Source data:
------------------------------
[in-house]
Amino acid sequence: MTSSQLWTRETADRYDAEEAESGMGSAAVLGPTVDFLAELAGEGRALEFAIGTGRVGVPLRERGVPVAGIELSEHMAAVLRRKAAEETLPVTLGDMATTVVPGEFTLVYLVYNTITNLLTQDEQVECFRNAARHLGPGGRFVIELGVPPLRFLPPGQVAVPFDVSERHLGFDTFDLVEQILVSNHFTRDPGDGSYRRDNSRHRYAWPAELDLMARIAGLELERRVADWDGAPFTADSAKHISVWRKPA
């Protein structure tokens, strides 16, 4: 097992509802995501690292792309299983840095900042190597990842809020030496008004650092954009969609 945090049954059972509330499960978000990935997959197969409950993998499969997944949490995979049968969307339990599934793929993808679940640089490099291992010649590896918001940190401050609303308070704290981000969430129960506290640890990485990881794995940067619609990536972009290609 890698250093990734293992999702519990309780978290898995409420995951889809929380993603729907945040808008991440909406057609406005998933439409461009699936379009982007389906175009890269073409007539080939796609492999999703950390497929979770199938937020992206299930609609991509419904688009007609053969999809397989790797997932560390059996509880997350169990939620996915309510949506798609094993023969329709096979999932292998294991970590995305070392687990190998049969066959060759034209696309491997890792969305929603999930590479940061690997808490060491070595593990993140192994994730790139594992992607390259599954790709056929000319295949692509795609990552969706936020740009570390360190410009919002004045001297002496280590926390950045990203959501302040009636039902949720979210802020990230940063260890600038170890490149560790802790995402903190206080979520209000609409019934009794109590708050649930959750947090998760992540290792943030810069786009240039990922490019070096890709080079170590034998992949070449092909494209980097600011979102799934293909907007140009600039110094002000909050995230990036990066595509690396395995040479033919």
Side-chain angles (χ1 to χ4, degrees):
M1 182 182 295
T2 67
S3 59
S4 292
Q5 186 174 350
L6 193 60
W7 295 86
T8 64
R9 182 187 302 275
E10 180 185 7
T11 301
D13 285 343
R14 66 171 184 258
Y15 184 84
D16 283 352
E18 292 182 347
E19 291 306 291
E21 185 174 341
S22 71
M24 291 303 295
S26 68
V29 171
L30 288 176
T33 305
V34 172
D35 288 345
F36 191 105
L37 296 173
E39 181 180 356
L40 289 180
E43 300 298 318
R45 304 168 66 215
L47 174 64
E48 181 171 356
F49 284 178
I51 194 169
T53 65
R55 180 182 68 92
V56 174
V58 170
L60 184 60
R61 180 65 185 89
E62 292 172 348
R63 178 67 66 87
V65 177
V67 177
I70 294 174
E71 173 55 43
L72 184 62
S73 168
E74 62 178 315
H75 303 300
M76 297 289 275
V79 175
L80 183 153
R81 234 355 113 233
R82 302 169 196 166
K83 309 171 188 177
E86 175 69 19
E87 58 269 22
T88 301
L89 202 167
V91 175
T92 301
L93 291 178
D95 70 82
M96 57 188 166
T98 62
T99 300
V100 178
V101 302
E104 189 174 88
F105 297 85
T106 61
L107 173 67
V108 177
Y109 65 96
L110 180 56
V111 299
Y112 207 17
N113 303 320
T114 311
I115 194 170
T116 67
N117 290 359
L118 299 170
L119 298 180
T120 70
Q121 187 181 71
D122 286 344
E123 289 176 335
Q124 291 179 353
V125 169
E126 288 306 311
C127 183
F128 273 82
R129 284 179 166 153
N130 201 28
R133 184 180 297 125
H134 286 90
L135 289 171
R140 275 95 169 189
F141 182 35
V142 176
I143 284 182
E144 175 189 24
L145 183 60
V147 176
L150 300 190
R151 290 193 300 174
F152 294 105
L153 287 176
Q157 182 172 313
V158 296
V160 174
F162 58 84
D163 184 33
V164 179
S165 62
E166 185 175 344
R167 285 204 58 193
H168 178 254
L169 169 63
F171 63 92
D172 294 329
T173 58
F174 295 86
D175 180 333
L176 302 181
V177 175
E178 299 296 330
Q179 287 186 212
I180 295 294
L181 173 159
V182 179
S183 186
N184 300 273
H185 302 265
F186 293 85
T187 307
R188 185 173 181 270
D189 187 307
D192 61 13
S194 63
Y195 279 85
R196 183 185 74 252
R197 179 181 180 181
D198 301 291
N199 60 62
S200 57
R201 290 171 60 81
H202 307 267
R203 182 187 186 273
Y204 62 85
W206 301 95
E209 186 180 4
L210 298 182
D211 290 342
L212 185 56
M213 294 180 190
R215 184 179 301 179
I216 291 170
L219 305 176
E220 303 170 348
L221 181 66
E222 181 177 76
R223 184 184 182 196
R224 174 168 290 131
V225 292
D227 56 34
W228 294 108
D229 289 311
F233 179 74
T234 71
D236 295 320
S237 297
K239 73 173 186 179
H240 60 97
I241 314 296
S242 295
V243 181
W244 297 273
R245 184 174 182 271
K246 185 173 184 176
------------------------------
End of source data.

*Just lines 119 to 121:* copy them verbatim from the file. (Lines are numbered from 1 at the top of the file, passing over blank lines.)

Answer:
V160 174
F162 58 84
D163 184 33